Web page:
Alongside "these daily hectorings about the irresponsibility of independence from the finance houses", whose "unrestraind greed" has caused so much economic and social havoc, Macwhirter castigates "Owen Jones, BBC Question Time's favourite tame lefty", for failing to recognise the radical impetus behind the demand for independence or his willingness to welcome "an alternative political space opening up in which it is possible to challenge the neoliberal consensus."
There's no such timidity from noted leftist figures like Tariq Ali. As Jones departs the Independent for his new 'radical' sinecure at the Guardian, Ali  comes to Scotland this week to help make the case for real, radical independence:
He will tell his Scottish audiences that a vote for independence would "enable the rediscovery of hope of a better future, provide a much greater say for people over what their country looks like, and would finish off the decrepit, corrupt, tribal Labourist stranglehold on some parts of Scotland forever". [...]Ali is not much exercised by suggestions by businesses that would leave Scotland after a yes vote. "Large corporations are trying to frighten people,'' he said.
Again, all with complicit media help. 

Why the privileged headlines for the views of big business? What about the views of deprived people, actual voters? As this recent tweet put it:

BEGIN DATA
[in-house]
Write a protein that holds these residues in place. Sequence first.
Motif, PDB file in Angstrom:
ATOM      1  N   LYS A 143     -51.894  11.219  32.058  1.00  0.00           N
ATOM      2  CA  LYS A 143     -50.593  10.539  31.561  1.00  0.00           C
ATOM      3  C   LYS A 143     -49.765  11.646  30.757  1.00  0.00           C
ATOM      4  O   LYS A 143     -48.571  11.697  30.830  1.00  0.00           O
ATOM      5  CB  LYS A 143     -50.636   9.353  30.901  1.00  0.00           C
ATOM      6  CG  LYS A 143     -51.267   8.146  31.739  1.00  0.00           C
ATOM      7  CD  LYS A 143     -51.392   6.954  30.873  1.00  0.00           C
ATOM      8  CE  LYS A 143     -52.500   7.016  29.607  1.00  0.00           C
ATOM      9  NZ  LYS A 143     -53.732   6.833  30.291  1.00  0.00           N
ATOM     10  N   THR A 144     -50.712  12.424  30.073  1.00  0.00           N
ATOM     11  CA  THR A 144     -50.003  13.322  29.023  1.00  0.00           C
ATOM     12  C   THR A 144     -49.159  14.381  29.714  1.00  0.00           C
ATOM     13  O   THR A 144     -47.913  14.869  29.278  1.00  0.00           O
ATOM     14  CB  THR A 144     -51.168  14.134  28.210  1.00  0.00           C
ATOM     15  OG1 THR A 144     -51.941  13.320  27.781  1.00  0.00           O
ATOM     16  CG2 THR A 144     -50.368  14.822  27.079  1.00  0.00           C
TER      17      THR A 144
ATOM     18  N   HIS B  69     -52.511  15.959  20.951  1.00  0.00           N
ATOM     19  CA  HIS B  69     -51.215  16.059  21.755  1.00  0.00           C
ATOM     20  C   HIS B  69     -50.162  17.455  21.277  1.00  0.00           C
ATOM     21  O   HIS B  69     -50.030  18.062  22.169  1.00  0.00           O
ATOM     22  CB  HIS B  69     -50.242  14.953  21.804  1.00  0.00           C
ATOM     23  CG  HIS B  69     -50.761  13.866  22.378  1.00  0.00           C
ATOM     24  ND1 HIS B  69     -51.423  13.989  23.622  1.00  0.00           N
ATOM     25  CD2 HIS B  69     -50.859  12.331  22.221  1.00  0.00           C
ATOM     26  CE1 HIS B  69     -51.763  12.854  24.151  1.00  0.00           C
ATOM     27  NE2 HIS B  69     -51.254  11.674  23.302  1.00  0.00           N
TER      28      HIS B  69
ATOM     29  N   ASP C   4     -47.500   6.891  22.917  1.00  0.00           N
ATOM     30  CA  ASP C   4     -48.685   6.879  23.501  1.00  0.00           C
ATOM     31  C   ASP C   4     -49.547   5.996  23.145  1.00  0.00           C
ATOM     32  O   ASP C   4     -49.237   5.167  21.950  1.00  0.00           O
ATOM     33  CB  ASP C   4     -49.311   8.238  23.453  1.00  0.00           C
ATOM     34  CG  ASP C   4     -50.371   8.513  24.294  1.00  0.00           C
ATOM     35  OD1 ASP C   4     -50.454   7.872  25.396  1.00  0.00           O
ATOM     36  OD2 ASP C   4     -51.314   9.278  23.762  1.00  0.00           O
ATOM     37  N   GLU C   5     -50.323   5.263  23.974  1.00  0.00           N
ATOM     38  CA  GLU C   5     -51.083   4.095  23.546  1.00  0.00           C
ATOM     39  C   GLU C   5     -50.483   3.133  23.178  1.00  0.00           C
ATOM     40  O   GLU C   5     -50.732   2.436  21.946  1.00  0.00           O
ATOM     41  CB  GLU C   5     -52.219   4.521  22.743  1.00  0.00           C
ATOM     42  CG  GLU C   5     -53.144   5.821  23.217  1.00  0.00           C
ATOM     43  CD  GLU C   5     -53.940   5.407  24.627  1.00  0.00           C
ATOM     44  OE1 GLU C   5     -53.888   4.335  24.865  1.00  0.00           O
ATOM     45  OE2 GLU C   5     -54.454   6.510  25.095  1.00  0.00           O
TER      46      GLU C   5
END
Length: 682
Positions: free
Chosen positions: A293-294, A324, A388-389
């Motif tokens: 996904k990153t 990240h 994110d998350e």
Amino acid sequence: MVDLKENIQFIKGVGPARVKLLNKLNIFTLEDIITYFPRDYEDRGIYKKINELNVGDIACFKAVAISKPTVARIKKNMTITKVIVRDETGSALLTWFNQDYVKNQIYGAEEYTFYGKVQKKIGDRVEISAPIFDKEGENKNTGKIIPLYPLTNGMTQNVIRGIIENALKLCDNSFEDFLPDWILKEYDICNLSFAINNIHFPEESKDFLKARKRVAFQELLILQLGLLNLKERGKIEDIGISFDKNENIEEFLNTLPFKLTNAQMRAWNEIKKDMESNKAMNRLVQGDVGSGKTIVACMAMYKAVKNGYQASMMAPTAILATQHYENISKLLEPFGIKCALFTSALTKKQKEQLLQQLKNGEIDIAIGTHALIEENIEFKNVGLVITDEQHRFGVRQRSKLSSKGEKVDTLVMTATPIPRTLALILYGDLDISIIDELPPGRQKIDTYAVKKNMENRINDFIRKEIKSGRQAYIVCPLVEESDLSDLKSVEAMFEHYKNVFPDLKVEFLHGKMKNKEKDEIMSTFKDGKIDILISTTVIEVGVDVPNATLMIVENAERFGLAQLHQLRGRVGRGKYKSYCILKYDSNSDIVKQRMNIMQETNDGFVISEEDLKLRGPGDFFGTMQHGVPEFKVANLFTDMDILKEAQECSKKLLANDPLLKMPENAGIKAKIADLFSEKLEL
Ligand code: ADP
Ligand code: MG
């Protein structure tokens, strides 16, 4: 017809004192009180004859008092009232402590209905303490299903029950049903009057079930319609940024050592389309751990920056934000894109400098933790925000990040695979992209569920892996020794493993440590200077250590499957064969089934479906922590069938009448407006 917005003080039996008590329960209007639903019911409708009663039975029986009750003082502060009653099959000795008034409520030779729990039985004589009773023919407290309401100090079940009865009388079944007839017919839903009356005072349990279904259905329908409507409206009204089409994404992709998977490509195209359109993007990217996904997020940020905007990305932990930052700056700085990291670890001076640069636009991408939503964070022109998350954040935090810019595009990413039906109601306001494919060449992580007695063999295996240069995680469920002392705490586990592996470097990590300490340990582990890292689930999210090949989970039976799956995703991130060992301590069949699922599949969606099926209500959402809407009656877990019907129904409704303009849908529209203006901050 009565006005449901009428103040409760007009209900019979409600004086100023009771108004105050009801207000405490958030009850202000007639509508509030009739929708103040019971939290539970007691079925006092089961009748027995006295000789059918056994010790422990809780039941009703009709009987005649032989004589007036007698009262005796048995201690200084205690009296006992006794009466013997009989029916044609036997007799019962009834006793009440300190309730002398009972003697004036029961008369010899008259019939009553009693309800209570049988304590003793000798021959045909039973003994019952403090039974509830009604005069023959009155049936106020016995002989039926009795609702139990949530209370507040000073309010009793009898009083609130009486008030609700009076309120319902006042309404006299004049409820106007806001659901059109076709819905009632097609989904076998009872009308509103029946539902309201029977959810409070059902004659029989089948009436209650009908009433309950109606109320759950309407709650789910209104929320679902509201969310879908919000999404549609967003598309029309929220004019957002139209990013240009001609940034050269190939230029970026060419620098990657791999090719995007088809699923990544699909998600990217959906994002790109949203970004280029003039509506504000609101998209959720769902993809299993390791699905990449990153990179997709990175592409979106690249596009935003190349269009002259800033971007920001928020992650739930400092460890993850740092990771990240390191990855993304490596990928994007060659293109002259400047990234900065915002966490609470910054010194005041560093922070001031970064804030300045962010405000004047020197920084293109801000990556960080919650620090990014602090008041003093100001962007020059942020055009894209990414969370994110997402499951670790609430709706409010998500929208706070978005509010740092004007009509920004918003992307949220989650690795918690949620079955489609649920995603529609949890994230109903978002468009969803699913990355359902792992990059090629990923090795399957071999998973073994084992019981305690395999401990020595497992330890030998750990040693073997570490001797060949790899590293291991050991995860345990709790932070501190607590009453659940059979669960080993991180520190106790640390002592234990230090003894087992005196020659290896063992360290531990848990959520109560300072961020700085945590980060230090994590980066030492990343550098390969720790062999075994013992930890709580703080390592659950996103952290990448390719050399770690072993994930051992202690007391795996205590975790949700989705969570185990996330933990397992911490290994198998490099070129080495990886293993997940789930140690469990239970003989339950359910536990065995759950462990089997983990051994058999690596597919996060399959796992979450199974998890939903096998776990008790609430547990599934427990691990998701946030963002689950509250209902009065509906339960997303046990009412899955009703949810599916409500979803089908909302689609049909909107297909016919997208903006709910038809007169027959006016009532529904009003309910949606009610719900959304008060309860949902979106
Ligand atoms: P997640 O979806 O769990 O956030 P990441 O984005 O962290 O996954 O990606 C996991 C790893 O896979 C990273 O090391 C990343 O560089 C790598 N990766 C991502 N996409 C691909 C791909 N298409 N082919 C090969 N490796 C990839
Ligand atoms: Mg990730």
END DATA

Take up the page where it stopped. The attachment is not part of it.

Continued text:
Instead of @ScotlandTonight constantly asking big business and the rich what they think about#indyref, why not pop along to Easterhouse?
The latest £12 billion round of ConDem tax and benefits measures are set to cast another 100,000 children in Scotland into poverty. Is that not simply criminal? Deepening austerity and despair for the already poor, ongoing protection and bonuses for the already rich. And where's the much larger media outcry? Why is this not a predominant issue? A large part of the answer lies in the first of these two words: corporate media.
It's not just the problem of being run politically from Westminster by a cabal of neoliberal parties. It's the much bigger problem of being run by the City of London and a financial system which sets the very terms of those neoliberal policies.
That affects everyone, whether you live in Glasgow or Gloucester, Easterhouse or Essex. Poverty knows no boundaries, and any resistance to the poverty-makers will all need to be directed against that same privileged City and the greed credo by which it lives.
The question is, faced with such a depth of corporate-political power, what productive tactics can be deployed to challenge it?   
Beyond any imaginary hope of a leftist breakthrough under a stitched-up electoral system, the independence vote, as Tariq Ali asserts, offers some viable opportunity for breaking the matrix of Westminster rule, big-business parties and an imperialist, warmongering Union, while opening up, at least, some serious prospect of a post-neoliberal landscape. That can only benefit all progressive forces, within and beyond Scotland.

This decision isn't about the SNP, or Alex Salmond - all part of the same scare agenda - even if some of that governing hierarchy still have to be faced-down over its neoliberal accommodations, Nato approvals and eco credentials.  

It's primarily about saying Yes to radical empowerment and No to corporate hegemony.